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On Nov. 1 a student reported receiving harassing phone calls.
On Nov. 1 ofcers
responded to a medical assist call at the Cage Center. The patient was transported to Redmond Regional Medical Center.
On Nov. 2 a student reported the theft of their bicycle.
On Nov. 2 a staff member reported the theft of a bicycle. The bicycle was
recovered by ofcers an
On Nov. 4 ofcers located
a bicycle which had been reported stolen on Oct. 28.
On Nov. 4 a student reported the theft of an
amplier from the College
Student awarded national Lambda Sigma scholarship
Over the summer, junior Rachel Quillin received a scholarship from Lambda Sigma, an honor society for second-year students, which has 40 chapters in all.Quillin, former president of Berry’s Lambda Sigma chapter, said an individual from each of the chapters was nominated for scholarships. “One person from every chapter is nominated by that chapter and then they go into the running for [a limited number of] scholarships,” Quillin said. According to the Lambda Sigma website, there are four scholarships that are offered annually to members of individual chapters. Quillin said she had to take part in an application process involving outside recommendations.“I had to get three letters of recommendation as well as a letter of nomination from the chapter,” Quillin said.The letter of nomination from the chapter was written by Kenneth Martin, an associate professor of chemistry and the faculty sponsor for Lambda Sigma.Martin said he believed that Quillin was an excellent candidate for nomination because she demonstrated a high level of scholarship as well as leadership—two of the four pillars of Lambda Sigma. “She was an exemplar of both [leadership and scholarship],” Martin said. “She was an excellent president for the chapter, and, under her leadership, the chapter did quite a few on-campus and off-campus activities.”“She was very deserving of the award if for no other reason [than] her GPA,” Martin said.Martin said Quillin demonstrated fellowship and service, the other two pillars of Lambda Sigma.“Rachel did an excellent job organizing not only people in the chapter to fellowship with each other but people across the campus and off the campus,” Martin said.Martin said Quillin got involved an organization in Rome and started a program to teach children how to read.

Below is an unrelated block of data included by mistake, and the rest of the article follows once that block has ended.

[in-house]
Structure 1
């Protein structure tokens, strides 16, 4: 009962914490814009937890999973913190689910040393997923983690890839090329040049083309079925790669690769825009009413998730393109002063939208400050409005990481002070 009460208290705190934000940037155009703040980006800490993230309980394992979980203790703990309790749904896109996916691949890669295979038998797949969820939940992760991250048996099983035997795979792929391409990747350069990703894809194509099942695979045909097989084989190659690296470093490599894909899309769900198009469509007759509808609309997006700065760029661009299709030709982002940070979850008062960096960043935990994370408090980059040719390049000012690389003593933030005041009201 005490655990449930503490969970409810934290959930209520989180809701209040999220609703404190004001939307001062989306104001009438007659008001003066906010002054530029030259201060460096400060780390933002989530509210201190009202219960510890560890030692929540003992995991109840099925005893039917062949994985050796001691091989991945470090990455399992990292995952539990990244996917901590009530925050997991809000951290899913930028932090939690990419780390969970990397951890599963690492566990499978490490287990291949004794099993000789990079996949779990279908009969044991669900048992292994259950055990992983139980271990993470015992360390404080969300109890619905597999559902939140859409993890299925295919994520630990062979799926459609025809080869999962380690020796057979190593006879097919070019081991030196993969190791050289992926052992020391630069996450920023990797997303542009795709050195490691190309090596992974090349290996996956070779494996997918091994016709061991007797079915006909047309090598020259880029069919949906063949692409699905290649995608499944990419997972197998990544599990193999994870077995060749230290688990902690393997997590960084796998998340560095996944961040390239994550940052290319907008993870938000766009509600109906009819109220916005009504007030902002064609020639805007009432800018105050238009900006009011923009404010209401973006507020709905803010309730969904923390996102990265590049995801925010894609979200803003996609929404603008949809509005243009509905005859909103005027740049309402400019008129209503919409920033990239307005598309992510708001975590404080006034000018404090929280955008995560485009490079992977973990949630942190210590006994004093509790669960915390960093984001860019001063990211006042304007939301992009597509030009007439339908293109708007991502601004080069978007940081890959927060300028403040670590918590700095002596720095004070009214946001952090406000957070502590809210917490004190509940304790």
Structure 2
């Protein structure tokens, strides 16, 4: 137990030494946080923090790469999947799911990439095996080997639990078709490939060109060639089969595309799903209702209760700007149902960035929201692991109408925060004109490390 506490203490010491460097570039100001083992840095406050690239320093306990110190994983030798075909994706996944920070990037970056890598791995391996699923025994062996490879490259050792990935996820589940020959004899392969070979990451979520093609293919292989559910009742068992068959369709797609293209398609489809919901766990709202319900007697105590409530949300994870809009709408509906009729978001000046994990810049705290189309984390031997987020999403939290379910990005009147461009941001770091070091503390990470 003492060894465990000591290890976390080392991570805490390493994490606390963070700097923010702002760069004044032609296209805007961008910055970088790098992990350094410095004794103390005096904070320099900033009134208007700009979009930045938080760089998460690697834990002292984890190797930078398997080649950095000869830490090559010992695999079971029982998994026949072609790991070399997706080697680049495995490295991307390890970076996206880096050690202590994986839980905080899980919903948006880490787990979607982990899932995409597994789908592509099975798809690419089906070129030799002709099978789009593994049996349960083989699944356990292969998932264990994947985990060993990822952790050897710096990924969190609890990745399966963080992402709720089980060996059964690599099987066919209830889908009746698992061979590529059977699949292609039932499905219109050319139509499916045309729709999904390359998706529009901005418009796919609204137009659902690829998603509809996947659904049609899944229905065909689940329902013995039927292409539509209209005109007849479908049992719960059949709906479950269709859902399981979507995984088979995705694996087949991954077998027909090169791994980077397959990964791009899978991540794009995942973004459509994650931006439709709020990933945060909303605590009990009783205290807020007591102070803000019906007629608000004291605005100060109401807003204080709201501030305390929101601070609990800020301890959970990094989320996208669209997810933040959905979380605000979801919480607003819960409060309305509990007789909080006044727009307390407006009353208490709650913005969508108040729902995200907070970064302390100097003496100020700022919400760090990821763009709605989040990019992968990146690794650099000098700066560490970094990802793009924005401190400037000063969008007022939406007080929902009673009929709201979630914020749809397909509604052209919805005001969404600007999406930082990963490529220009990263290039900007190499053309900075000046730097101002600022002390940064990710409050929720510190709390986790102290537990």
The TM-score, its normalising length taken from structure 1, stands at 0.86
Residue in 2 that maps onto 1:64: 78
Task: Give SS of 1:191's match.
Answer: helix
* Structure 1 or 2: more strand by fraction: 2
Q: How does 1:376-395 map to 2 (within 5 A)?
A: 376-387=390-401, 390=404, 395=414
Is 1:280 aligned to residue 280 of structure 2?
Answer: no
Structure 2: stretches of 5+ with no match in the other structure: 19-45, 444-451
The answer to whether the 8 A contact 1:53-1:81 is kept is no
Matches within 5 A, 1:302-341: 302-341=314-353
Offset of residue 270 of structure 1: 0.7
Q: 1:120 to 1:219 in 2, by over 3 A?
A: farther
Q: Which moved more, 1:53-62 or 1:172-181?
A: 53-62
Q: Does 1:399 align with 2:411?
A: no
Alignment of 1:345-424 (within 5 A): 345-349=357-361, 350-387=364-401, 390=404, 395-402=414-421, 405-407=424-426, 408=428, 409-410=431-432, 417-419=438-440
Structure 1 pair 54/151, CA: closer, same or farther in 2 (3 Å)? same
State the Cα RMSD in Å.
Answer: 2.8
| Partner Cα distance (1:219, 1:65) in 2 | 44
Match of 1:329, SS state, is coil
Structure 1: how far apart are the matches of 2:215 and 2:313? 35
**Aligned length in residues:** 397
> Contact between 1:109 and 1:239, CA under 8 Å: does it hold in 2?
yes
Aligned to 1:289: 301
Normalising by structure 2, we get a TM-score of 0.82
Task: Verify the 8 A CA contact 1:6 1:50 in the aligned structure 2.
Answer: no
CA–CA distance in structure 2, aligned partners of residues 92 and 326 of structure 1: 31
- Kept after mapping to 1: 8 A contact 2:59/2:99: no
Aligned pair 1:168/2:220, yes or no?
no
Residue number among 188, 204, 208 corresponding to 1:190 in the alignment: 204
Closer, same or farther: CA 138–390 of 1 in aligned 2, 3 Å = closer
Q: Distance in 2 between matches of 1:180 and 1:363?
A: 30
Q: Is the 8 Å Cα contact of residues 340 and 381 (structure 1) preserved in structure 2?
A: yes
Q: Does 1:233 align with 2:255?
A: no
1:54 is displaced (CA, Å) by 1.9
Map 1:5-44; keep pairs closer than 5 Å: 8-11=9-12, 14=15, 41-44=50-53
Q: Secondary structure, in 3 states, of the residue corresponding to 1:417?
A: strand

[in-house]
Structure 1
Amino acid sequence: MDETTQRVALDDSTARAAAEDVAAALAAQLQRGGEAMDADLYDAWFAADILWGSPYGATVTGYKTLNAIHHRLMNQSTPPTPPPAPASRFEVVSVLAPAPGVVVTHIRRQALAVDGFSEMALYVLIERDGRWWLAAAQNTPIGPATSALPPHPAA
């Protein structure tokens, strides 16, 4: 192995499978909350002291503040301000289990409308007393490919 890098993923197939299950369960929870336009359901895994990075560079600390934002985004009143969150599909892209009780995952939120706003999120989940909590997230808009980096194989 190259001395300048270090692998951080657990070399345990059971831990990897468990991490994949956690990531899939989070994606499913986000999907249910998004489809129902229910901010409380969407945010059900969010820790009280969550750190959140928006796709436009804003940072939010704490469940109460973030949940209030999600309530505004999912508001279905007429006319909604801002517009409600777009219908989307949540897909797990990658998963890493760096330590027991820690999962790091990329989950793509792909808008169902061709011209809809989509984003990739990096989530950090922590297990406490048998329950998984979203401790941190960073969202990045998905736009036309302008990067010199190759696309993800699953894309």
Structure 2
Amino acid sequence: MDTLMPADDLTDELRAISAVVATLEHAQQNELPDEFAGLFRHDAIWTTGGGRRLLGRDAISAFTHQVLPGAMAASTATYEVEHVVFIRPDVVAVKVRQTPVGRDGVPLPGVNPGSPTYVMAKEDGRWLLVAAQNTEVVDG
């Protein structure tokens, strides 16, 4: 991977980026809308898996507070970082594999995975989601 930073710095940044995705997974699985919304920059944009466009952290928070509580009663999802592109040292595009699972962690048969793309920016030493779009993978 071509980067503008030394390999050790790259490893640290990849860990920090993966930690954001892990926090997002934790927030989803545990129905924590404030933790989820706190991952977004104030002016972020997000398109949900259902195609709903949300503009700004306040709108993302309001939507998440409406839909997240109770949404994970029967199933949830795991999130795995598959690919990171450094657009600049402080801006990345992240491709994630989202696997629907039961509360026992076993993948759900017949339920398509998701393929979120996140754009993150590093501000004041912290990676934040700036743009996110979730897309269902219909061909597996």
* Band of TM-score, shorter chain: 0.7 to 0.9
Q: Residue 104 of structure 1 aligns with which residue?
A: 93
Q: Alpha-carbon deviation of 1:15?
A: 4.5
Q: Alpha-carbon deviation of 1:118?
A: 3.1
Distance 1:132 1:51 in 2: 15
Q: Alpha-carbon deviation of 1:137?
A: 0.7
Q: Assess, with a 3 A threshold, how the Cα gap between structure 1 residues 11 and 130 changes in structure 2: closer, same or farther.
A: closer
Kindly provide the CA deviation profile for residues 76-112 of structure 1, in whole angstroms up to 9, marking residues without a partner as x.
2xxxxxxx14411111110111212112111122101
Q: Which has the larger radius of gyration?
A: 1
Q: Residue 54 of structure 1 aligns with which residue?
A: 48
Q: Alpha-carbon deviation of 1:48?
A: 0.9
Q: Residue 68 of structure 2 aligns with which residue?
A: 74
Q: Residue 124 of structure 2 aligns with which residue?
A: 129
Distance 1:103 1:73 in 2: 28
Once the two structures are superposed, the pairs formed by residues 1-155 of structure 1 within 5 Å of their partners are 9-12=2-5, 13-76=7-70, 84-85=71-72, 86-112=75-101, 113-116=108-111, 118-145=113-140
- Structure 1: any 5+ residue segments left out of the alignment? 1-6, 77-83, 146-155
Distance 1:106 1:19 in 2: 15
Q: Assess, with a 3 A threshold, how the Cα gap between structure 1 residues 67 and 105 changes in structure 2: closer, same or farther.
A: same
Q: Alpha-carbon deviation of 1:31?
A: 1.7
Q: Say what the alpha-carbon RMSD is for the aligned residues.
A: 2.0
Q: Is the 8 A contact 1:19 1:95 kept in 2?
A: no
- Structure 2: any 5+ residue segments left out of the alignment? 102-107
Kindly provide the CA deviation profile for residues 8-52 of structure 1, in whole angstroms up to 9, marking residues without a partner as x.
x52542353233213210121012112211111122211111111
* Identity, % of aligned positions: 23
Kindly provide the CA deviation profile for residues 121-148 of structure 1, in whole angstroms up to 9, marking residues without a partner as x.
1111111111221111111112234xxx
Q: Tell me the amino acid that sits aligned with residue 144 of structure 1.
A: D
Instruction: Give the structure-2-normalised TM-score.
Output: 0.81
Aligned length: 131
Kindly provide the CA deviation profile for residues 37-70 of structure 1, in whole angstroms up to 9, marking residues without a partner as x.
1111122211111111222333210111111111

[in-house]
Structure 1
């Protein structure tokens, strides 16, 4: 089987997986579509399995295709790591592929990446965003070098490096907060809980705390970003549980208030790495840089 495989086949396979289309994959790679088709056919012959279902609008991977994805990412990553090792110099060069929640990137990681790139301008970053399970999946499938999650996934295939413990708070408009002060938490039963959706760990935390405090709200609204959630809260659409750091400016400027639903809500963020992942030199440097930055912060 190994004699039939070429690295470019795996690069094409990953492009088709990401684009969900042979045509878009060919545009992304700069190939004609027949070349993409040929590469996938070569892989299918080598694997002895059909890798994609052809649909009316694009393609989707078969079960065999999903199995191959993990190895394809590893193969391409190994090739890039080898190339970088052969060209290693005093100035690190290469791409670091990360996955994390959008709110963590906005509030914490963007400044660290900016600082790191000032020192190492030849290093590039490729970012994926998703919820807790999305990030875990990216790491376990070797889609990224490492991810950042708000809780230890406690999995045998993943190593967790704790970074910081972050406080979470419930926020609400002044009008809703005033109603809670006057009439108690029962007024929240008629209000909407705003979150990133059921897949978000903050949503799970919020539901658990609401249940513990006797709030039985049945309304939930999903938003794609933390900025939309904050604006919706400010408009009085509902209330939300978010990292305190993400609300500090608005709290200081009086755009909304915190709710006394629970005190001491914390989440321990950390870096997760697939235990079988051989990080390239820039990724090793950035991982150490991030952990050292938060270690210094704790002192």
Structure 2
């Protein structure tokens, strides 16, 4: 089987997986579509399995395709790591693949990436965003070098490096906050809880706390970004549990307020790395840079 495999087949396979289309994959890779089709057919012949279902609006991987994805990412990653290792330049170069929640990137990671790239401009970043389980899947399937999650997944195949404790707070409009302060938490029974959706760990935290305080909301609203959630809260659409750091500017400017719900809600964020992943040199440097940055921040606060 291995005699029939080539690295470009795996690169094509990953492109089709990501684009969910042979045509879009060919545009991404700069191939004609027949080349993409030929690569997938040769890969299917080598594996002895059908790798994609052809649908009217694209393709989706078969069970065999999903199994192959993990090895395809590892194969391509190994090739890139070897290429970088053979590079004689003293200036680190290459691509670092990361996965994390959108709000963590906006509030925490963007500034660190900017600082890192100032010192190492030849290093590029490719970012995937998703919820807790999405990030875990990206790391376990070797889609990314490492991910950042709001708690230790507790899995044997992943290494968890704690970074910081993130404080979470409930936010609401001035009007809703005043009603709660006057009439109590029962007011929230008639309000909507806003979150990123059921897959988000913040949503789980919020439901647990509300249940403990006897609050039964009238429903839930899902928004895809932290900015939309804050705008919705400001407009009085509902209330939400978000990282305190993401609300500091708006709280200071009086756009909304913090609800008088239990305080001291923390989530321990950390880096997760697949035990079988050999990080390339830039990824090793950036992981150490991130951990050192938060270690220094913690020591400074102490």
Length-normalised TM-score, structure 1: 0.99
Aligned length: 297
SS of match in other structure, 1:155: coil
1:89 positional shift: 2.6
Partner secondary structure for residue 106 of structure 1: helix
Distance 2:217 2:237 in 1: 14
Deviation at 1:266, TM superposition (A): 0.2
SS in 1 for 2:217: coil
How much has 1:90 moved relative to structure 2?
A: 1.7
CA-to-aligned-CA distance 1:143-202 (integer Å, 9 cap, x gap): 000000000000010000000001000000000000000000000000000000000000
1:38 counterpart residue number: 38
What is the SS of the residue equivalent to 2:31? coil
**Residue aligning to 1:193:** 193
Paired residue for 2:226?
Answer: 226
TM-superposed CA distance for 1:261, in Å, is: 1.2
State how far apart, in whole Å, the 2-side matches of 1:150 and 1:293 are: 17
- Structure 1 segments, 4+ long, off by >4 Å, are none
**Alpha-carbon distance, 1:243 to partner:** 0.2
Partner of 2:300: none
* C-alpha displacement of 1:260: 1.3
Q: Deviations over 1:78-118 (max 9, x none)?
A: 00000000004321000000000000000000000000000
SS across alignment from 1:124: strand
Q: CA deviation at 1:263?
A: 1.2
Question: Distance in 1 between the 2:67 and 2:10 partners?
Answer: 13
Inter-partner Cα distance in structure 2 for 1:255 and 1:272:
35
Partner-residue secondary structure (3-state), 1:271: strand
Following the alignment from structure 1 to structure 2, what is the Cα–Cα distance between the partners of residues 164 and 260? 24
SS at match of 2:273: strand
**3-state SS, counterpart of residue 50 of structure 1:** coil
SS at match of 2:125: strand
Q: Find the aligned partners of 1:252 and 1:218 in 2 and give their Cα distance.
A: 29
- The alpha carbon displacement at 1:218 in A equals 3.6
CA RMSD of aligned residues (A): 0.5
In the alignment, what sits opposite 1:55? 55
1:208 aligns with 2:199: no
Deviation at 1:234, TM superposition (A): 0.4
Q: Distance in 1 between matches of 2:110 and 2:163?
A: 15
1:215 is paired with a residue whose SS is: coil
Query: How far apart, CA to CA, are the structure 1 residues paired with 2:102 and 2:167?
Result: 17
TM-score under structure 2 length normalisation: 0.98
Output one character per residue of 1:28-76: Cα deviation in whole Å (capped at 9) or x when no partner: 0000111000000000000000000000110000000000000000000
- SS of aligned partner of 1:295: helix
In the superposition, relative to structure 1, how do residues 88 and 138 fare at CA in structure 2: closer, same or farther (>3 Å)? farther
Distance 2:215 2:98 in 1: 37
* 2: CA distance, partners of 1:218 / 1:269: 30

“She identied the Open Door
Children’s Home and got membership of the chapter involved with it,” Martin said. “What she discovered is that these children are functionally illiterate because they don’t have parenting at home, so she started a literacy program for the Open Door Children’s Home, and that really caught a lot of people’s attention.”Quillin said she was very surprised when she learned she had received the scholarship.“I wasn’t necessarily anticipating anything, and I hadn’t heard anything in a while, so I thought that somebody else had probably been named, but
I was denitely very attered and
honored to have received it,” Quillin said. Martin was also very excited when he found out that Quillin had received the scholarship.“I was elated,” Martin said. “It’s
the rst time it’s happened to a Berry
student, and, as soon as I found out about it, I wanted to make sure there was some PR on it.”Quillin said the scholarship was worth $500 and she was allowed to use the money in any way she wanted.“I personally have used a lot of it [the scholarship money] to go towards the Open Door Home and my program there,” Quillin said.Martin said students who are interested in scholarships such as the one Quillin received need to identify and pursue their passions.“Just like Rachel, they need to stand out from the crowd,” Martin said. “Identify what your passion is,
nd out how you can plug in to that
passion, and, when you are doing something that you enjoy doing and helping others along the way, you can’t help but get noticed.”
deputy news editor
JUNIOR RACHEL QUILLIN HAS BEEN AWARDED a scholarship for her involvement with the honor society Lambda Sigma.
Queen Elizabeth II served as a mechanic and driver in World War II.